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International Journal of Electrical Engineering and Technology (IJEET), ISSN 0976 – 6545(Print), ISSN 0976 – 6553(Online) Volume 4, Issue 5, September – October (2013), © IAEME 72 (a) (b) Fig.19 Experimental results for the operation of the PLL with the input signal with step-up variation of the amplitude: Ch1 denotes the input signal, Ch2 denotes the output signal, and Ch3 denotes the beginning of the variation: (a) time span is (-25ms,25ms), (b) time span is (-50ms,50ms). 5.4. Step variation of the phase Fig.20 and Fig.21 display the experimental results for the operation of the PLL with step variation of the phase of the input voltage. In Fig.20(a) and Fig.20(b) the input signal with step lagging phase, the signal to be synchronized and the signal indicating the begging of the change can be observed. In Fig.21(a) and Fig.21(b) one can observe the input signal with step leading phase, the signal to be synchronized and the signal indicating the begging of the change. (a) (b) Fig.20 Experimental results for the operation of the PLL with the input signal with step-down leading variation of the phase: Ch1 denotes the input signal, Ch2 denotes the output signal, and Ch3 denotes the beginning of the variation: (a) time span is (-25ms,25ms), (b) time span is (-50ms,50ms).
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International Journal of Electrical Engineering and Technology (IJEET), ISSN 0976 – 6545(Print), ISSN 0976 – 6553(Online) Volume 4, Issue 5, September – October (2013), © IAEME 73 (a) (b) Fig.21 Experimental results for the operation of the PLL with the input signal with step-up lagging variation of the phase: Ch1 denotes the input signal, Ch2 denotes the output signal, and Ch3 denotes the beginning of the variation: (a) time span is (-25ms,25ms), (b) time span is (-50ms,50ms). As it is in the simulation results, it is obvious that the variation of the phase of the input signal affects the synchronization process- when it is step leading the synchronization process is quicker -it is done in 40ms, than if the variation is step-lagging- the synchronization is done for more than 40ms. 5.5. Step variation of the frequency In Fig.22 one can observe the input signal with step-up variation of the frequency from 49Hz to 52Hz and a signal to be synchronized as well as a third signal marking the beginning of the variation. In this case a synchronization of the output signal after the change of the frequency is done for about 20ms. (a) (b) Fig.22 Experimental results for the operation of the PLL with the input signal with step variation of the phase with the increase of the frequency from 49 to 52 Hz: Ch1 denotes the input signal, Ch2 denotes the output signal, and Ch3 denotes the beginning of the variation: (a) time span is (-25ms,25ms), (b) time span is (- 50ms,50ms).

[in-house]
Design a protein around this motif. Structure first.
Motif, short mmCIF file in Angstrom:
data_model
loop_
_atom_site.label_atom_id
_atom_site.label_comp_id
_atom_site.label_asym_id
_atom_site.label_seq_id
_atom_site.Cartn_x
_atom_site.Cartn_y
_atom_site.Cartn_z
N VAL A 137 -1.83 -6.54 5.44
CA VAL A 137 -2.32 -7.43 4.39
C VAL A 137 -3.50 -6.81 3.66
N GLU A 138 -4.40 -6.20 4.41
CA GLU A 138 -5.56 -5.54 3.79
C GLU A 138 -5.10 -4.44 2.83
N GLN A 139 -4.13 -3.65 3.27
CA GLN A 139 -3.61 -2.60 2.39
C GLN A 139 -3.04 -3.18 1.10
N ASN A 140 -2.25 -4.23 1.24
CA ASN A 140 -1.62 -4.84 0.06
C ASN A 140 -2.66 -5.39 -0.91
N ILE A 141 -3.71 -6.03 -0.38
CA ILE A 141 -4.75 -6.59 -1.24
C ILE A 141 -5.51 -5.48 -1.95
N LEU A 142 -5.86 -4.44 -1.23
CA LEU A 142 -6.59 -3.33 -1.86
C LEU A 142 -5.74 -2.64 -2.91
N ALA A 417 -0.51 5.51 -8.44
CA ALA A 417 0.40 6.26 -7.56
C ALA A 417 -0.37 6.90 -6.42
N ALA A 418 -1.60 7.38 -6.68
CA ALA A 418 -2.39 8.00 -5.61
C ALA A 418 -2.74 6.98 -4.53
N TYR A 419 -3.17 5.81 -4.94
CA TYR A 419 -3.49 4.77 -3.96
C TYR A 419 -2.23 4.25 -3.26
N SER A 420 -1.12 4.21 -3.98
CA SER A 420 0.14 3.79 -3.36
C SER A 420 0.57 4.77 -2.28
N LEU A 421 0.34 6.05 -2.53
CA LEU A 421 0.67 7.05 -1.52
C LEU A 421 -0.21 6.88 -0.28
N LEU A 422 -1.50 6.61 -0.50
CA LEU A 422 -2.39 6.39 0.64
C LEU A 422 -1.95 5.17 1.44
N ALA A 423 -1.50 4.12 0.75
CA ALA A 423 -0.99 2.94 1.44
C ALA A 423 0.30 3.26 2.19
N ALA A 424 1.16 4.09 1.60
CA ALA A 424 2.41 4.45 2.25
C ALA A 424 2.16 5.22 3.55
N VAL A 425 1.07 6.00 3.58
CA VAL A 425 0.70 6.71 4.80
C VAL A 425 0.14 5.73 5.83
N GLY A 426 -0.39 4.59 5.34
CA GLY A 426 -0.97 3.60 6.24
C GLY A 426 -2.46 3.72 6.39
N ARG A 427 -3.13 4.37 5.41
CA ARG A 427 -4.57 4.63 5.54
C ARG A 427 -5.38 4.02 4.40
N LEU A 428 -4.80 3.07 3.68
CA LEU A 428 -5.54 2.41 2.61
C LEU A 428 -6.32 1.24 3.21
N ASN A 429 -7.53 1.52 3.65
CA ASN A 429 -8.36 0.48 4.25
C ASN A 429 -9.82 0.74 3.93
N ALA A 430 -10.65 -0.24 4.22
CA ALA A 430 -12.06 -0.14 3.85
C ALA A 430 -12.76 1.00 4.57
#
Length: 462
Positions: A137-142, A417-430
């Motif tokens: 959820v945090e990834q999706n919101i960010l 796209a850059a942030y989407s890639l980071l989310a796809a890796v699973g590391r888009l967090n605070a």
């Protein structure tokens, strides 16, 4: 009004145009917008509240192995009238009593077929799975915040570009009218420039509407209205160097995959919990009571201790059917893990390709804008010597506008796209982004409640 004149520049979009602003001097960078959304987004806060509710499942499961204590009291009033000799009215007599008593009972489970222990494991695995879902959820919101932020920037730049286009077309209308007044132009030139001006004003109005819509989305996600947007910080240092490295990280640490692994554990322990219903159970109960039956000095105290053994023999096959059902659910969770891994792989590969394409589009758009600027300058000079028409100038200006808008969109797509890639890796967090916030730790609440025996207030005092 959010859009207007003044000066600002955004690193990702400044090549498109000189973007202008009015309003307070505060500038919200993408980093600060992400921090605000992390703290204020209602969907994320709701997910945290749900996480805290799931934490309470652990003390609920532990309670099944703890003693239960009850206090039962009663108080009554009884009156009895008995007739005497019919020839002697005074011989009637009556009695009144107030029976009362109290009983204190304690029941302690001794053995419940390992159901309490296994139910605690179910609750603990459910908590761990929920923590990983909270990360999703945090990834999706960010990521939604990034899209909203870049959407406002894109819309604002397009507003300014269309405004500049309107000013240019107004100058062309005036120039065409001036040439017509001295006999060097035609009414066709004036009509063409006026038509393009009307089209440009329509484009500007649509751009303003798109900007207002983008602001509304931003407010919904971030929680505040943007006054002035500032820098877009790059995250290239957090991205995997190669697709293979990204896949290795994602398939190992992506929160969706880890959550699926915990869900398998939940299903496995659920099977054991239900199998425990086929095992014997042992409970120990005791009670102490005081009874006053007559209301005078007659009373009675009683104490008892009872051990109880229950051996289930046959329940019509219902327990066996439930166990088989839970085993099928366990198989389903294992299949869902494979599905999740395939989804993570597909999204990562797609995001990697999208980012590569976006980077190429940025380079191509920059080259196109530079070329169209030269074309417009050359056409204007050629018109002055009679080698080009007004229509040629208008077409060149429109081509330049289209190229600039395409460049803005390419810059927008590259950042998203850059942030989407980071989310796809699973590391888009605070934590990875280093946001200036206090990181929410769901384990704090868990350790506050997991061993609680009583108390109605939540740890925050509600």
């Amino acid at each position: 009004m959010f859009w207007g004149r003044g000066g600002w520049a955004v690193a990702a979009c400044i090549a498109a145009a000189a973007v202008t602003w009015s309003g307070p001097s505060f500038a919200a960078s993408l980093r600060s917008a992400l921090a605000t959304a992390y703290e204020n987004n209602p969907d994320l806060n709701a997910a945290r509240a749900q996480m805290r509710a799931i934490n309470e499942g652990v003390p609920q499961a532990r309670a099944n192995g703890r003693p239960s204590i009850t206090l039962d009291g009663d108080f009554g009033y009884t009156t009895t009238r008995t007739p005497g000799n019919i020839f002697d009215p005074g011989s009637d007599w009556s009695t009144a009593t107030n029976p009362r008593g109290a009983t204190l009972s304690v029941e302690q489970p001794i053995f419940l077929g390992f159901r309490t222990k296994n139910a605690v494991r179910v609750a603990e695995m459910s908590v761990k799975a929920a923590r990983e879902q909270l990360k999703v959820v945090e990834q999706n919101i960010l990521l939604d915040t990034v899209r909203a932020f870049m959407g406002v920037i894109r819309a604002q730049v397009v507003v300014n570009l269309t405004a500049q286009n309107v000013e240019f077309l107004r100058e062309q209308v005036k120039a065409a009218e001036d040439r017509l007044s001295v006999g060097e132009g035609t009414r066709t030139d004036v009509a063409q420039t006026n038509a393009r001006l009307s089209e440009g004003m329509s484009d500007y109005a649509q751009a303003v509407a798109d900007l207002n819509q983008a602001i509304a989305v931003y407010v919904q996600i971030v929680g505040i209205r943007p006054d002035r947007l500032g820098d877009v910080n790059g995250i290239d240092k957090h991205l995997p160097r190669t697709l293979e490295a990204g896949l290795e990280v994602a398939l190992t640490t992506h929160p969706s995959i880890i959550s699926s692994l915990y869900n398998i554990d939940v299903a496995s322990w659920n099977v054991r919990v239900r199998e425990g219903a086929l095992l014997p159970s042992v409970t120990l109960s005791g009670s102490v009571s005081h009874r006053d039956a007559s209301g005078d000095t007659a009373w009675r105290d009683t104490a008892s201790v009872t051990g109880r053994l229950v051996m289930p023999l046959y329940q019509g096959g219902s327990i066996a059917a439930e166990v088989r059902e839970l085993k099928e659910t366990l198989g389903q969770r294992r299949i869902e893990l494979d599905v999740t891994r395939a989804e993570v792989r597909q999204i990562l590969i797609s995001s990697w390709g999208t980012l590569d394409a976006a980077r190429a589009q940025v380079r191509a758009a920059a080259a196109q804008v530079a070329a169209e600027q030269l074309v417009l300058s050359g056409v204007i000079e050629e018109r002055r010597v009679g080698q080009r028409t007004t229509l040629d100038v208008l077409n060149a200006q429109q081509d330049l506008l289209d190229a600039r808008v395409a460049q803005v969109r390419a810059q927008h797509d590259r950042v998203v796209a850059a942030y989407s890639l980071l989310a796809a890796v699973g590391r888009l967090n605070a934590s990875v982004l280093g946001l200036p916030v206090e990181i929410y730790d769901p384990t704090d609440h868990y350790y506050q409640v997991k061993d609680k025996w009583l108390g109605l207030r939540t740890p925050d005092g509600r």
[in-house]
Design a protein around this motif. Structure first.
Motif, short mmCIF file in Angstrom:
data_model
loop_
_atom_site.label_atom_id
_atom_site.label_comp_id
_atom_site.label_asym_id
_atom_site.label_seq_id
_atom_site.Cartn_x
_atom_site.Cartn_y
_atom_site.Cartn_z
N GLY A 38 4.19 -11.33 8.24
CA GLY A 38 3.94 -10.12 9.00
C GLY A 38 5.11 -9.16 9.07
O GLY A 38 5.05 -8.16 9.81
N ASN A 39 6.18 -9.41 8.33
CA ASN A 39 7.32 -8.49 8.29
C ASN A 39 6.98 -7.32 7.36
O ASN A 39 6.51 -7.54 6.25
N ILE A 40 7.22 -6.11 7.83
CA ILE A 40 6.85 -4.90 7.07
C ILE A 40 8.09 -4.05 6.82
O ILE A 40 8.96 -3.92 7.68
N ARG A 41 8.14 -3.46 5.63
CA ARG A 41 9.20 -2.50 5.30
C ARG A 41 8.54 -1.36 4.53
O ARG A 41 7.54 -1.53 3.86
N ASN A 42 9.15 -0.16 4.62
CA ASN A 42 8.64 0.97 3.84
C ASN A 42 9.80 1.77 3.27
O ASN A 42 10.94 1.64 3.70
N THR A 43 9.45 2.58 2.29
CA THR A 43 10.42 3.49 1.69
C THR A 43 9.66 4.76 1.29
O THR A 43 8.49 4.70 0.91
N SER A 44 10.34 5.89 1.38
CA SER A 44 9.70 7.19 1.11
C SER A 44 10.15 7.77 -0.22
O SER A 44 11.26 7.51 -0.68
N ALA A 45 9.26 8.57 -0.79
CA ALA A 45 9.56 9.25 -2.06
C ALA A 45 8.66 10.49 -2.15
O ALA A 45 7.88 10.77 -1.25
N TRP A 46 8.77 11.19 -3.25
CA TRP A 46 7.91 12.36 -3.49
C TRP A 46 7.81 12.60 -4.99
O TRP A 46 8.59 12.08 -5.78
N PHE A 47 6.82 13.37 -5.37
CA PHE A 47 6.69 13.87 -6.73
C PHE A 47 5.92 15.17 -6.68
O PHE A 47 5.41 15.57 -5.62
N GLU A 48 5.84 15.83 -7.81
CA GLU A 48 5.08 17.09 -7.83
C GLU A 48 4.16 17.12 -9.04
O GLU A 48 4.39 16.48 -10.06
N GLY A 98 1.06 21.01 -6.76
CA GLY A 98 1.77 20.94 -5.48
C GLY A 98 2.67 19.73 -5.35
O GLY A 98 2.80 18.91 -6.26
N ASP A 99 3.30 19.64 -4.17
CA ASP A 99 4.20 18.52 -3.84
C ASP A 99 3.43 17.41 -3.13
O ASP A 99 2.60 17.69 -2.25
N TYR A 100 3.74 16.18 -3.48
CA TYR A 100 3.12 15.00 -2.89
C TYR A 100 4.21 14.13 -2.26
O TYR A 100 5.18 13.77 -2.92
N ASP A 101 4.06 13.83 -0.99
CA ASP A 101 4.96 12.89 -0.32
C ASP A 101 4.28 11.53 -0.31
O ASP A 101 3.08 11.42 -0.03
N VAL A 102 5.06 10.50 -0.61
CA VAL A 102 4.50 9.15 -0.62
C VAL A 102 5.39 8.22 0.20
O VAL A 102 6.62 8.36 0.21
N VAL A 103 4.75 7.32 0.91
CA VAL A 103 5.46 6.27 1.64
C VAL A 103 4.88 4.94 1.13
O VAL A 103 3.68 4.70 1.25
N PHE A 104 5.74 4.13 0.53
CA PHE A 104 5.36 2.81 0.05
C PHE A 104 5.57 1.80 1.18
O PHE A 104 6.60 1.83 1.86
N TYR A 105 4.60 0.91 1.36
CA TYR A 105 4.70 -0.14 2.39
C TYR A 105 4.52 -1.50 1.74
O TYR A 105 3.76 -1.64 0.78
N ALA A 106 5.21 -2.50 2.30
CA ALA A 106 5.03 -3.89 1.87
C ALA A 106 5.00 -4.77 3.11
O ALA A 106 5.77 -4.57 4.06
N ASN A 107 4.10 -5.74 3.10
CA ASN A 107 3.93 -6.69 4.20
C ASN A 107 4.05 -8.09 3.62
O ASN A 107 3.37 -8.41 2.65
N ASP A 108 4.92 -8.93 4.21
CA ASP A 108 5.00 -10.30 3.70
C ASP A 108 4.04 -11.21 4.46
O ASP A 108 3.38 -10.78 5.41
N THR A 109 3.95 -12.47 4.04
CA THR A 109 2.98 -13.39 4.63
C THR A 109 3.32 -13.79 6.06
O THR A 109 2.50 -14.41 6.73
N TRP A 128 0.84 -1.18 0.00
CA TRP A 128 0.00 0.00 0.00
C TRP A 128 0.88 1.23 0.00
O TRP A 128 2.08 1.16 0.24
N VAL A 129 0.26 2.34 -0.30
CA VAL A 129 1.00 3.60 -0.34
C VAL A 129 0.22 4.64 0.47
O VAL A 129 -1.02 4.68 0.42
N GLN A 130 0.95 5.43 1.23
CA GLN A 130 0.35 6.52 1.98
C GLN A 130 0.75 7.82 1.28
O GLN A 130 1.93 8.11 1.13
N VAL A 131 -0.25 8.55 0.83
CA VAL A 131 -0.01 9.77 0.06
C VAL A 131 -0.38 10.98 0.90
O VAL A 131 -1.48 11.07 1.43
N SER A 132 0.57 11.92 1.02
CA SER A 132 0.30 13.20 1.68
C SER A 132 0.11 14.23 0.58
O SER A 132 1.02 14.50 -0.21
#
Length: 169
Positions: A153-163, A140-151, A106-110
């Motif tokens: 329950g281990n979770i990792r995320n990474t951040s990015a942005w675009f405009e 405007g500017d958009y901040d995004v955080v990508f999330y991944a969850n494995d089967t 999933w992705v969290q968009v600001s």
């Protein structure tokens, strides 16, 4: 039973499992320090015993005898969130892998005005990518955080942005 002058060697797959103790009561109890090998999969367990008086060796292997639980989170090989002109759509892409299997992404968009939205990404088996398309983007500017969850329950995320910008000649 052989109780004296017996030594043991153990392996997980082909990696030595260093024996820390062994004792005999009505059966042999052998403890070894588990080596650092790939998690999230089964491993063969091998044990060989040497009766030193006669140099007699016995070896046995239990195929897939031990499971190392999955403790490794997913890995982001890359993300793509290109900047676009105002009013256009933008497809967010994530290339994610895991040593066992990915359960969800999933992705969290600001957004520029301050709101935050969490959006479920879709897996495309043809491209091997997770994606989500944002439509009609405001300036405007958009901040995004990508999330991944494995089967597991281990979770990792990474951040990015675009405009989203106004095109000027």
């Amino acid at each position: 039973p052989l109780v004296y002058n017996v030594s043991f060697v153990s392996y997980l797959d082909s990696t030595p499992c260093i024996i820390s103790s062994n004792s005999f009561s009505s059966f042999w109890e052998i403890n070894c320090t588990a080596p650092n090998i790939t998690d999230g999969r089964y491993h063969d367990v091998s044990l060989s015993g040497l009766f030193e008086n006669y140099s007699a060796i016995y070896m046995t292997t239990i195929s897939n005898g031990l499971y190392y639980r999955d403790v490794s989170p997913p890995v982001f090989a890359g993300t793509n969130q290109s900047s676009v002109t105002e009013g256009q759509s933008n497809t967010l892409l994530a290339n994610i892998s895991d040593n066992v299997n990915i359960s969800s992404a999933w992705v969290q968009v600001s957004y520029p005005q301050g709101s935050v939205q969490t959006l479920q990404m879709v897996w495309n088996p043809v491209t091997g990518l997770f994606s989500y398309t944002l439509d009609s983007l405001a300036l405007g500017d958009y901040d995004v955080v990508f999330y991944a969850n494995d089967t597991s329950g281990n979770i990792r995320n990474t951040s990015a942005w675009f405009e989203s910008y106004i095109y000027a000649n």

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International Journal of Electrical Engineering and Technology (IJEET), ISSN 0976 – 6545(Print), ISSN 0976 – 6553(Online) Volume 4, Issue 5, September – October (2013), © IAEME 74 Table 2 shows a summary regarding the settling time prepared based on the simulation and experimental results. Table 2.Settling time- Summary Simulation Experiment Init.start o 180 160ms 200ms Init start o 45 120ms 100ms Voltage step -30% 0 0 Voltage step +30% 0 0 Phase step o 45+ 40ms 40ms Phase step o 45− 50ms 40ms Frequency step 70ms 50Hz-50.5Hz 50ms 49Hz-52Hz There is a good coincidence between the simulation and experimental results when the phase of the input signal was changed. The difference in the results is higher at initial start and at a change of the frequency. The experimental results show settling time of 2 periods of the input signal at a step change of the phase, which is less than the time shown in [28], and 2.5 periods of the input signal at a change of the frequency. At a step-change of the effective value of the input signal, there is no change of the output signal. 6. CONCLUSION A new PLL for single phase on-grid connected inverters, based on trigonometric transformations, is presented in the paper. The major conclusions are done on the basis of a mathematical analysis and computer simulation by means of the PSIM software. They have been proved by a practical realization based on analog and digital programmable devices. The research shows very good operation of the PLL at its initial start as well as in the steady state operation and in case of variation of the magnitude, phase or frequency of the input voltage. The main advantage of the proposed PLL is the lack of reaction of the output signal at a step- change of the amplitude of the input signal. The lack of reaction is that practically there is no deviation in the phase, frequency and amplitude of the output signal, and there is no time for settling. It is worthy to be mentioned that the change of the amplitude value of the grid voltage is more often met than the change of its frequency or phase. Another advantage is the decreased settling time at a step-change of the phase, which does not exceed two periods of the input signal. An additional advantage of this PLL is its simple scheme. It contains a standard blocks – PI controller, VCO. To implement the phase detector two multipliers, a block to sum signals and a block to change the phase are used. The future work is focused on the application of this method for three-phase grid connected inverters. REFERENCES [1] J. Rocabert, A. Luna, F. Blaabjerg and P. Rodriguez, Control of Power Converters in AC Microgrids, IEEE Trans. Power. Electron. 27(11), 2012, 4734-4749. [2] F. Cupertino, E. Lavopa, P. Zanchetta, M. Sumner and L. Salvatore, Running DFT-based PLL algorithm for frequency, phase, and amplitude tracking in aircraft electrical systems, IEEE Trans. Ind. Electron., 58(3), 2011, 1027-1035. [3] G.-C. Hsieh and J. C. Hung, Phase-locked loop techniques- A survey, IEEE Trans. Ind. Electron., 43(6), 1996, 609–615.